Rate of growth on IPv6 not fast enough?
marka at isc.org
Mon Apr 19 22:58:13 CDT 2010
In message <4BCD203E.3050302 at zill.net>, Patrick Giagnocavo writes:
> Mark Andrews wrote:
> > In message <4BCD14EF.8090204 at zill.net>, Patrick Giagnocavo writes:
> >> Mark Andrews wrote:
> >>> In message <201004200022.o3K0M2Ba007459 at aurora.sol.net>, Joe Greco writes
> >>>> I haven't seen any such documents or regulations.
> >>> People purchaced the service on the understanding that they would
> >>> get a Internet address. A address behind a NAT is not a Internet
> >>> address, it's a *shared* Internet address which is a very different
> >>> thing.
> >> Given that many ISPs put their sign-up documents, including contracts,
> >> on-line, you can no doubt supply a link to such a document that has
> >> legal terms that would preclude NATed service, yes?
> >> My recollection is only that I would be provided with "Internet service"
> >> or "access to the Internet" . No mention of RFC1918 space or other
> >> distinguishing information was given.
> >> Note in the below blurb no mention of publicly routable addresses...
> > It doesn't have to as the normal definition of a Internet address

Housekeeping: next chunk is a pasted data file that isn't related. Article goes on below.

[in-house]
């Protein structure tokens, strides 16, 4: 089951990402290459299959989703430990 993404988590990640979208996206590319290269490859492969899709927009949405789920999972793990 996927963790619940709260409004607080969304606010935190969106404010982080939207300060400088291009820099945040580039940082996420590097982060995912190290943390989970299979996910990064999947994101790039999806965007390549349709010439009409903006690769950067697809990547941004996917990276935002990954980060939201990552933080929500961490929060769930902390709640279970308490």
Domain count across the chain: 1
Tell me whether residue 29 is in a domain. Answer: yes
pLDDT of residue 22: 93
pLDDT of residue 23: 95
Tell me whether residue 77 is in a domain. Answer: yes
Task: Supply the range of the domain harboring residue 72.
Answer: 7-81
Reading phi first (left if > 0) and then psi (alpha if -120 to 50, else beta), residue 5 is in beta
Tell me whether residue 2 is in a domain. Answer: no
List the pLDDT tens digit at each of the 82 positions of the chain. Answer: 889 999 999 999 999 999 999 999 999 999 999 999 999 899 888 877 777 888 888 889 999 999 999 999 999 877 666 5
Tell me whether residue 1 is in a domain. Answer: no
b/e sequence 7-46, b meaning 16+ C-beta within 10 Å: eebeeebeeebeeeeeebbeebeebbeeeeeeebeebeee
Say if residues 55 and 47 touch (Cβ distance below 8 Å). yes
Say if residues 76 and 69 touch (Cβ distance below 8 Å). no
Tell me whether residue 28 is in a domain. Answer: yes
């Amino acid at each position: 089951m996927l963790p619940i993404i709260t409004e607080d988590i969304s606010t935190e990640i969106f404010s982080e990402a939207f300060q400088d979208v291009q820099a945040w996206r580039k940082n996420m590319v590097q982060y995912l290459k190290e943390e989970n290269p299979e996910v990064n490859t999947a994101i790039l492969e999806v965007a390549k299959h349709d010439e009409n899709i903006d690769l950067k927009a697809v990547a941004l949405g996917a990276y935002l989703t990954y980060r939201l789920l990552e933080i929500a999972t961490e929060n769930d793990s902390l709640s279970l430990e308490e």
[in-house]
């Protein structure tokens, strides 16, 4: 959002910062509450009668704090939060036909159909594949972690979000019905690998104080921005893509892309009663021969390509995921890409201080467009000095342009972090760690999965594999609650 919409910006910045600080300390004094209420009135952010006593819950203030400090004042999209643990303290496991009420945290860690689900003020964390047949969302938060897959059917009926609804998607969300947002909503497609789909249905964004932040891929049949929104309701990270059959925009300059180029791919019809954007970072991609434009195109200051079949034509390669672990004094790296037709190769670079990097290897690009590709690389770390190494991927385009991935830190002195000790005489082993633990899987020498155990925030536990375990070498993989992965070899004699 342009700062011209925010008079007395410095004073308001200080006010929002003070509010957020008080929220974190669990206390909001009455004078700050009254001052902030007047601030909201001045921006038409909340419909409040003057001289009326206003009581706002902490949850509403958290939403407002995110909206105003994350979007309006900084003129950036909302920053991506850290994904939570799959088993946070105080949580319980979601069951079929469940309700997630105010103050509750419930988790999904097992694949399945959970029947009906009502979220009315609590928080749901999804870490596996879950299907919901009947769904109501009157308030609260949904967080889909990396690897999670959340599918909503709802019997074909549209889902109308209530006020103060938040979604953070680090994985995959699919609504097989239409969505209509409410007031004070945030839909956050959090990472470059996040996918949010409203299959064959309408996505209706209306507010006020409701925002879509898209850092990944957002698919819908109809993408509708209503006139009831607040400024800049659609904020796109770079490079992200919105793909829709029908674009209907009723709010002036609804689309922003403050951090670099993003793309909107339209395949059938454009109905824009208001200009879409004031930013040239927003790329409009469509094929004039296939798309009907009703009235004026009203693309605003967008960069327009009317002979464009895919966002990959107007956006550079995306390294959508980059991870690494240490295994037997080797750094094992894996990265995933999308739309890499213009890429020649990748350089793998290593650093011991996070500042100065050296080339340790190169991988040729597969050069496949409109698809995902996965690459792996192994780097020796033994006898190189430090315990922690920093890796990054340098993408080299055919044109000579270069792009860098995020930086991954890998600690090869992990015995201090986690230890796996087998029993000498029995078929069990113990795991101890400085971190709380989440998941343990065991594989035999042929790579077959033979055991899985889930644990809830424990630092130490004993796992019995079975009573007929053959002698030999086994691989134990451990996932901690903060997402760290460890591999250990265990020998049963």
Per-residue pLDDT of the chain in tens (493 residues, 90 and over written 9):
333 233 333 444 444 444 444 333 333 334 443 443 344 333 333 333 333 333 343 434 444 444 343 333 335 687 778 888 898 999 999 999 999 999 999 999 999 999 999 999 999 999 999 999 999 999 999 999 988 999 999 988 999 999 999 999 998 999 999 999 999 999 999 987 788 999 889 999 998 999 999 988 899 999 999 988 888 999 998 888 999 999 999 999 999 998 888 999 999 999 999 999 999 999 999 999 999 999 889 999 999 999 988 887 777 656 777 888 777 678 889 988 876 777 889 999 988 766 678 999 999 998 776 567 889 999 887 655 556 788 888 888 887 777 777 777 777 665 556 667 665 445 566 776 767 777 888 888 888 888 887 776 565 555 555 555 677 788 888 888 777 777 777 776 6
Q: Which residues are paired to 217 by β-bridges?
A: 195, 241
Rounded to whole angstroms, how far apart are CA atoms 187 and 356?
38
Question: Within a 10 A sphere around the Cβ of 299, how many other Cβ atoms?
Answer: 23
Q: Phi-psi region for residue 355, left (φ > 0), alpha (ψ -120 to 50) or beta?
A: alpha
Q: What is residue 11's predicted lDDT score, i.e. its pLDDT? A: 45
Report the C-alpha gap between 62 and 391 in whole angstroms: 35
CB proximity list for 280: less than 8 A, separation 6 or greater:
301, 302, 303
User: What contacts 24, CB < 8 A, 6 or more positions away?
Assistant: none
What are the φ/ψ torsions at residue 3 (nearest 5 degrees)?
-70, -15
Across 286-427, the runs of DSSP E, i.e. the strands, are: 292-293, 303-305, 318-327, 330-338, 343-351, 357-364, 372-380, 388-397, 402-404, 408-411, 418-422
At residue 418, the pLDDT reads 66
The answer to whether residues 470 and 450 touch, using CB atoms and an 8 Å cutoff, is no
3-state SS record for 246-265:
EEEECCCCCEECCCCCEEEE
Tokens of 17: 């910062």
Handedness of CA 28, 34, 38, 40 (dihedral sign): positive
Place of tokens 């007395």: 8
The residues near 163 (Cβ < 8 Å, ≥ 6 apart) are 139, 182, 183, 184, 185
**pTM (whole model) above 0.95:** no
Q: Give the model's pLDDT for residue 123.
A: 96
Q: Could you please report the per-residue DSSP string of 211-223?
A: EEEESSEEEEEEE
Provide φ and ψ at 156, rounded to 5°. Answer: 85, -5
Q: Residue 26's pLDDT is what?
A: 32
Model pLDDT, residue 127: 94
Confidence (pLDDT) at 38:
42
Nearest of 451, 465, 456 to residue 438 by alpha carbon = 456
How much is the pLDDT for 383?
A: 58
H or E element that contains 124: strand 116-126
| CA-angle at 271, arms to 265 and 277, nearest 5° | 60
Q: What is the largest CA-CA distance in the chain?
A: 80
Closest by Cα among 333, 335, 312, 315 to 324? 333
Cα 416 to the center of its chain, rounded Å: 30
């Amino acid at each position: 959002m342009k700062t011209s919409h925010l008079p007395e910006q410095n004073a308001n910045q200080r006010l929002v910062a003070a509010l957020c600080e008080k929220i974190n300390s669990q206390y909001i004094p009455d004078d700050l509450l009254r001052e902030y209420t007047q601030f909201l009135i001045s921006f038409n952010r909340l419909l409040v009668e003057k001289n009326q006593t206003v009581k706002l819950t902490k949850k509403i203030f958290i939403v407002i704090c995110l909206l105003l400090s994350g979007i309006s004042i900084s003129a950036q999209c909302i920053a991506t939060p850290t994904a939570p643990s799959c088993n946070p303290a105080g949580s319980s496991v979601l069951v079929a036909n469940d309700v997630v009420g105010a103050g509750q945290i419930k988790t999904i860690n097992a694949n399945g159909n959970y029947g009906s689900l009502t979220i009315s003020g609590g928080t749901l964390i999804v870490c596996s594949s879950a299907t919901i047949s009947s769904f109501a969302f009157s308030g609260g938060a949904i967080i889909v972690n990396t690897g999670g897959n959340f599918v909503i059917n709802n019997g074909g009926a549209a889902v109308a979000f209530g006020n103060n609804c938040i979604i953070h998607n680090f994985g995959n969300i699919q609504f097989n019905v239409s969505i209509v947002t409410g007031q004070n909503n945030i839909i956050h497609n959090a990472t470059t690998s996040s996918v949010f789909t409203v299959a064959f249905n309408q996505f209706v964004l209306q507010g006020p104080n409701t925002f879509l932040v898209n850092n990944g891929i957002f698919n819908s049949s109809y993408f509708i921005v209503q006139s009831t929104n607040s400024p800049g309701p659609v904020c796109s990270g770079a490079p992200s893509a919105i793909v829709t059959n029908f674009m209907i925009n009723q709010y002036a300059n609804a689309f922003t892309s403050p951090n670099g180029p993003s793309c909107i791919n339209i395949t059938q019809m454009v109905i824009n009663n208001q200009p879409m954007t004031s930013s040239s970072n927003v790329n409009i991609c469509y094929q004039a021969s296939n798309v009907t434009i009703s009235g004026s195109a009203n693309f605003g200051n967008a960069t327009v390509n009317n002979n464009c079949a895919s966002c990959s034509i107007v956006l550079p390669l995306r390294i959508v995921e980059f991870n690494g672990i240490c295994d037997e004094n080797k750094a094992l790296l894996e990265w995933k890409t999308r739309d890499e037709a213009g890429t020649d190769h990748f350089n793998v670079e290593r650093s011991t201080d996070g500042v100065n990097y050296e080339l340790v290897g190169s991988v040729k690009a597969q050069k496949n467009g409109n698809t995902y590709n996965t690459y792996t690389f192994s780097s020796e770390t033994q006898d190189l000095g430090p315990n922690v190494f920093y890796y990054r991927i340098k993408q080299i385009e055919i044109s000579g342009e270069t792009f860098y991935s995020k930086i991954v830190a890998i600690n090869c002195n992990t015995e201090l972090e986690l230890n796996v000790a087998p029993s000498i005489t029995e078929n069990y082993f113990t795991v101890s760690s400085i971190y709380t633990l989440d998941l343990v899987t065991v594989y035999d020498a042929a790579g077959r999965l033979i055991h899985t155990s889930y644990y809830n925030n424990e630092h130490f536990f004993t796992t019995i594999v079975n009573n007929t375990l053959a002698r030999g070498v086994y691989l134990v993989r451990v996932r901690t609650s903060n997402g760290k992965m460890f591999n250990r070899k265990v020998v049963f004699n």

> > is a publically routable internet address. A address behind a NAT
> > is not a Internet address (Big I Internet).
> (hope the attribution is not screwed up)
> *ANY* valid Internet Protocol address is an "IP address" as mentioned in
> the contract I quoted. Including 192.168.99.2 .
> > If you supply something less than a full blown Internet access you
> > need to point out the restriction otherwise I would expect you to
> > be subject to "Bait and Switch" and other consumer protection laws.
> You are charmingly naive about how "the law" actually works in the USA -
> that is IMHO.
Yes, things vary around the world. You failed to state "In the
USA". There is plenty of case law in Australia about companies
attempting to arbitarially change terms and conditions to the
detriment of the consumer and being made to reverse the changes.
Changing from a public IP address to a private IP address is a big
change in the conditions of the contract. People do select ISP's
on the basis of whether they will get a public IP address or a
private IP address.
> In any case, I left the large amount of quotes in to show that I (and
> possibly Joe) are asking you for specific examples to support your
> argument - and all you are offering is more of your personal opinion,
> which is not an objective source of support for your position.
> If I want that, I can go to any of *.livejournal.com, *.blogger.com , etc.
Mark Andrews, ISC
1 Seymour St., Dundas Valley, NSW 2117, Australia
PHONE: +61 2 9871 4742 INTERNET: marka at isc.org
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